Two Cannabis Companies Going Public
Marijuana companies are going public at a dizzying rate this year. Blink and you might miss an initial public offering (IPO). No need to worry though, because here’s some fresh information about two upcoming marijuana stock IPOs: Dixie Brands and Vireo Health Inc.
The former is headquartered in Denver and makes weed-infused beverages like lemonades and root beers. Meanwhile, the latter is a Minneapolis-based company with operations in three different states.
Both will (probably) go public as micro-cap stocks.
What’s great about these equities is that they would enter the market early in their life cycle, giving investors a shot at tremendous upside that’s usually reserved for private equity and venture capital.
Just look at OrganiGram Holdings Inc (OTCMKTS:OGRMF, CVE:OGI), which shot up 122% in less than one year. OrganiGram was squarely in the micro-cap space when we started covering it, although its market value has since swelled to $497.8 million.
Chart courtesy of StockCharts.com
We keep an eye out for these opportunities. Of course, not every marijuana penny stock is a gold mine. Some aren’t worth the transaction fees it takes to invest in them. But the few winners that come along are the ink with which rags-to-riches stories are written.
With that said, let’s review the two upcoming marijuana stock IPOs.
Vireo Health IPO
First is the Vireo Health IPO. Vireo is a medical marijuana distributor with operations in New York, Pennsylvania, and Minnesota. (Source: “Vireo Health’s $17M Round Will Fund Expansion, 50 New Jobs in MN, IPO in Canada,” Twin Cities Business Journal, August 7, 2018.)
The company raised more than $16.0 million in its Series D funding round, which began on June 20. The initial goal of $12.0 million was increased to almost $17.3 million after Vireo received an unexpected influx of demand. The final tranche will close in the coming weeks.
After the funding round is complete, Vireo intends to spend it quickly on hiring hundreds of new staffers.
“We anticipate hundreds of jobs will be created under the Vireo Health umbrella over the next 36 months,” said spokesperson Andrew Mangini. “Vireo Health [also] intends to invest millions of dollars into existing markets.” (Source: Ibid.)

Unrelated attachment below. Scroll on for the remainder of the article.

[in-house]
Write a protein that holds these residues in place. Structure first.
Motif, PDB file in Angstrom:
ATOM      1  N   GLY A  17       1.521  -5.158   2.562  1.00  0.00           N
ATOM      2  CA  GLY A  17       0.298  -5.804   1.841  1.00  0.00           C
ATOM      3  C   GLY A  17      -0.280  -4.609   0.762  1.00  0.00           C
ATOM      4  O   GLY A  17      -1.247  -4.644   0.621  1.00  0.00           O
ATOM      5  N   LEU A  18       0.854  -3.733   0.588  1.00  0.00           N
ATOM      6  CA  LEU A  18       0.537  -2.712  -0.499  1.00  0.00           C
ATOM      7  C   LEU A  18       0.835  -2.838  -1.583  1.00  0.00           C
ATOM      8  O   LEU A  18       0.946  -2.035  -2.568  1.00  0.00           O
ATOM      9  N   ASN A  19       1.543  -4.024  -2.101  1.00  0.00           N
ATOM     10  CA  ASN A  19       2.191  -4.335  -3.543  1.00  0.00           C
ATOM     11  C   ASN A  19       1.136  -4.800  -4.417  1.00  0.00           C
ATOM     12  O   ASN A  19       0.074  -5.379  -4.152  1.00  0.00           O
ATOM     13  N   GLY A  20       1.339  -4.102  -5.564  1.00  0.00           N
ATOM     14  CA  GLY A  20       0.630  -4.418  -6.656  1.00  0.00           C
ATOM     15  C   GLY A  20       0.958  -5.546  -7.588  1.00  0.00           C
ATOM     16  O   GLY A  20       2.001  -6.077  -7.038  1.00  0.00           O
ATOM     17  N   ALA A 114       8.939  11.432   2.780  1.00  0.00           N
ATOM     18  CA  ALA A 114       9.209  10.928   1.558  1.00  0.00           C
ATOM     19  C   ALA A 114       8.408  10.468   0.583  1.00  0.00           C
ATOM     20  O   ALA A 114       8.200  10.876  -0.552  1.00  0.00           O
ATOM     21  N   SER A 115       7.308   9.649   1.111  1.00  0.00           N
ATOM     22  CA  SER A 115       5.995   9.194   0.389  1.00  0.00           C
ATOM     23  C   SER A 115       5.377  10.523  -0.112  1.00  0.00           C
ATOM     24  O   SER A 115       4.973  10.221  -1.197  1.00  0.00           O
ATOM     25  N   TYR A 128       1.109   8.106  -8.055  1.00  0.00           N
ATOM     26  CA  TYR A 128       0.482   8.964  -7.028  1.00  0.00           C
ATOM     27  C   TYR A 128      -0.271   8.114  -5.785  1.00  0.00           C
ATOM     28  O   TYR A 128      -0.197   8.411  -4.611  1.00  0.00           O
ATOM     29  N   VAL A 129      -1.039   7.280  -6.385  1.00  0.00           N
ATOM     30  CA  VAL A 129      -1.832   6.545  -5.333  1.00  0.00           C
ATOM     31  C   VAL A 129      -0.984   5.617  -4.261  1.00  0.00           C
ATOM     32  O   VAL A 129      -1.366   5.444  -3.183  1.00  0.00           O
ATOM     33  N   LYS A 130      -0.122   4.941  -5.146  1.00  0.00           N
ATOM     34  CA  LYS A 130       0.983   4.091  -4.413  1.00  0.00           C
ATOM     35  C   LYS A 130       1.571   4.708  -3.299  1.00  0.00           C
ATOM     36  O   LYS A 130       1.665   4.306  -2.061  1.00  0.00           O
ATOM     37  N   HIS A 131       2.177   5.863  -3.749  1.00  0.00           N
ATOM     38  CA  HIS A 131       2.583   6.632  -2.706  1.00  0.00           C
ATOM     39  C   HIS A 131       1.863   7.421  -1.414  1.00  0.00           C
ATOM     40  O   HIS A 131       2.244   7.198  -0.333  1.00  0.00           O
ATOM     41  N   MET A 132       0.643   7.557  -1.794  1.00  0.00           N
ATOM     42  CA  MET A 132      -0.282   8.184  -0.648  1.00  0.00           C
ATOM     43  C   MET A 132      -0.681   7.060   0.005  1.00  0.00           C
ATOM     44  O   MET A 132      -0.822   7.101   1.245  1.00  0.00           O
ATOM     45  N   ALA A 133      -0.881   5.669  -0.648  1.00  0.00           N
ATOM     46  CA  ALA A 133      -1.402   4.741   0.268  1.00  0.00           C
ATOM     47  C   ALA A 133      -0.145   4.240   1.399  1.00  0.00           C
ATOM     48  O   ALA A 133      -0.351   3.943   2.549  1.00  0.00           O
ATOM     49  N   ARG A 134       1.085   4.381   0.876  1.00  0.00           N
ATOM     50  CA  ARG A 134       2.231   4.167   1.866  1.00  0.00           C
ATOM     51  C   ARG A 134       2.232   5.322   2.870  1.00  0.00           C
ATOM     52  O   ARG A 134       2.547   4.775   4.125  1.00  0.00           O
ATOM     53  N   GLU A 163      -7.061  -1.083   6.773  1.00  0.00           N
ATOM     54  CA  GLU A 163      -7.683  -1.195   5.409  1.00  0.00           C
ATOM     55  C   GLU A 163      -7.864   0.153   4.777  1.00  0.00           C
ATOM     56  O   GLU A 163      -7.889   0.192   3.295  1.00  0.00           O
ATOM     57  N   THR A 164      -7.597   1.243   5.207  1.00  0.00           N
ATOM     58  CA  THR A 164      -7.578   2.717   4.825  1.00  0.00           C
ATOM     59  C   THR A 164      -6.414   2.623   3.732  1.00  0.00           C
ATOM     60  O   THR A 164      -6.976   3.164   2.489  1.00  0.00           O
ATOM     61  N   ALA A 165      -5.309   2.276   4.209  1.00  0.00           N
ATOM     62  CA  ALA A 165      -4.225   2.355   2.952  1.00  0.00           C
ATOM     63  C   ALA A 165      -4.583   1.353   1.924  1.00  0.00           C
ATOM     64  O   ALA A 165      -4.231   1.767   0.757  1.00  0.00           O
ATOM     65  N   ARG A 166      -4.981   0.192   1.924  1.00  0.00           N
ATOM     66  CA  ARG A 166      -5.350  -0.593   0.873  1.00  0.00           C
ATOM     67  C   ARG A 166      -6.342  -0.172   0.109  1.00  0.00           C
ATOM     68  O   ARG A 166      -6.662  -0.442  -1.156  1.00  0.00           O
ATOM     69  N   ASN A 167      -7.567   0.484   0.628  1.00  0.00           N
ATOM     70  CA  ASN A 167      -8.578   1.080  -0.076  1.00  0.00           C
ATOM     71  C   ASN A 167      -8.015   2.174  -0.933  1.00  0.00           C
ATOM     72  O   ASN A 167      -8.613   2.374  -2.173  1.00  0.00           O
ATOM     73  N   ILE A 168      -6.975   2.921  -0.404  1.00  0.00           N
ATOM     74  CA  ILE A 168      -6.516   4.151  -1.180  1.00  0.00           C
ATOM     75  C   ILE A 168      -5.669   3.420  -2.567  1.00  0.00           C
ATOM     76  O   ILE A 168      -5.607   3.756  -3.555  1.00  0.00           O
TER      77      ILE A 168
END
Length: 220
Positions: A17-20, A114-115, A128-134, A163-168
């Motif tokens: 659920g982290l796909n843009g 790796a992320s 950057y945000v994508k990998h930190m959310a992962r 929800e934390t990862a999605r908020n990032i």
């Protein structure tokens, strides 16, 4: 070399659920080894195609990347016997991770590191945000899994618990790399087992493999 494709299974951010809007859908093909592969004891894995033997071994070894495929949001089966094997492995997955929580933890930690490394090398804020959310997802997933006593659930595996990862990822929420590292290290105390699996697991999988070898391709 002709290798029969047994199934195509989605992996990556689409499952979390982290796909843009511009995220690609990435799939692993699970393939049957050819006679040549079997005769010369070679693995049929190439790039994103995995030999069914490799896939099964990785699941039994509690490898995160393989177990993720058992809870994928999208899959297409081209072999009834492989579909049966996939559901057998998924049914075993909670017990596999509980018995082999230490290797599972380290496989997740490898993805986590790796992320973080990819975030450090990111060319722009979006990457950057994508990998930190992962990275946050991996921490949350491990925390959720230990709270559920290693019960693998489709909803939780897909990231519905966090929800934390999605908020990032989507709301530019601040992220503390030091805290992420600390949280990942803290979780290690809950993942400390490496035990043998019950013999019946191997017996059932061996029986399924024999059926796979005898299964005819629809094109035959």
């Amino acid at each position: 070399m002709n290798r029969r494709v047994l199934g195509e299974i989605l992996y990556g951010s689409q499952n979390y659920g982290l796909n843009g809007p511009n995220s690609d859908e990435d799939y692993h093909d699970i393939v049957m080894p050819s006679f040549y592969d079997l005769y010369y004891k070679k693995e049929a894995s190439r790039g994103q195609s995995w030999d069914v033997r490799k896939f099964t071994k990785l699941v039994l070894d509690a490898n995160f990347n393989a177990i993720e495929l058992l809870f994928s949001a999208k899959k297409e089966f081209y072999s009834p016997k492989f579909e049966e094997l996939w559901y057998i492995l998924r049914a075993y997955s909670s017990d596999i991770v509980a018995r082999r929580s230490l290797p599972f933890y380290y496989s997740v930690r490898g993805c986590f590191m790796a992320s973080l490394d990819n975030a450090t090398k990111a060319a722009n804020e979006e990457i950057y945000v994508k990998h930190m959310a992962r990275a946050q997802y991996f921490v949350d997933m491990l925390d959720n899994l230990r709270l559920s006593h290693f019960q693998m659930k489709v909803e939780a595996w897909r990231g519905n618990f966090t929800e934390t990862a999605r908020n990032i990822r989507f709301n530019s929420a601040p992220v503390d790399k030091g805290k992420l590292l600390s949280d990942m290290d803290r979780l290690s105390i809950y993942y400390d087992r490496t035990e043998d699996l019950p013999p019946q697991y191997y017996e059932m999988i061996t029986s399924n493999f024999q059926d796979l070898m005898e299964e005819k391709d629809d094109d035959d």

Scaling up is an important factor in the marijuana market right now. In fact, it might be the most important factor for Vireo, since it has an opportunity to carve up most of Minnesota’s burgeoning market for itself. At the moment, there’s one competitor in the region.
So, by acting quickly, Vireo could secure a revenue base that would finance future expansion. But that’s not all. The funding round also serves a second purpose: setting Vireo up for an IPO.
My guess is that the listing will take place on the Canadian Securities Exchange (CSE). We don’t have confirmation on that point yet, but that’s where all the marijuana stock IPOs have been taking place.
Dixie Brands IPO
Outlook: Positive, particularly as an acquisition target.
The first thing you should know about the Dixie Brands IPO is that it’s technically not an IPO. It is a reverse takeover (RTO). (Source: “Cannabis edibles maker Dixie Brands outlines plans to go public in Canada,” Marijuana Business Daily, July 26, 2018.)
Regular readers of Profit Confidential are probably familiar with this concept because we’ve covered MedMen Enterprises Inc (OTCMKTS:MMNFF, CNSX:MMEN) going public in a similar fashion.
For those in the dark, however, allow me to explain.
- Dixie Brands finds a stock that’s listed on an exchange but isn’t really in use. (Its choice was Academy Explorations, a defunct mining company still occupying valuable a space on the CSE.)
- Dixie then “buys” the public company that is underlying that stock (once again, Academy Explorations).
- The two companies merge, adopting Dixie Brand’s name and identity for the new business.
- Voila. Dixie is listed on a stock exchange, no IPO hassles whatsoever.
This approach is useful for companies going public in hurry. It avoids a ton of red tape. And, to be frank, it can save a sizeable amount of legal fees.
However, there are downsides to consider, such as poor transparency, weak reporting guidelines, and the inability to raise fresh capital. Dixie is taking over existing shares, not issuing new ones, so there’s no additional cash flowing into the firm’s coffers.
In order to get new funding, the company is holding its final private placement. It will raise somewhere between $12.0 million and $20.0 million, $2.0 million of which will come from a debt-to-equity swap.
While both Dixie Brands and Vireo Health Inc. are promising, I think Vireo might be the safer option.
Why? Well, because unlike most marijuana stocks, Vireo Health comes from a small market: Minnesota. It can become the big fish there, then enter the ocean fully fed and ready for a fight. Meanwhile, its competition will have squandered millions of dollars on crumbs that, when expenses are tallied, won’t even yield a profit.
I’m clearly not the only person thinking along these lines. Why else do you think Vireo’s Series D funding was oversubscribed? Wall Street and the smart money are already there.
Don’t get me wrong though, Dixie Brands is also looking pretty good. The company is expected to produce $20.0 million in revenue in 2018 and $50.0 million in 2019. However, I don’t like Dixis’s debt-to-equity conversion, particularly in light of the RTO.
So, overall, I’m leaning toward Vireo Health stock.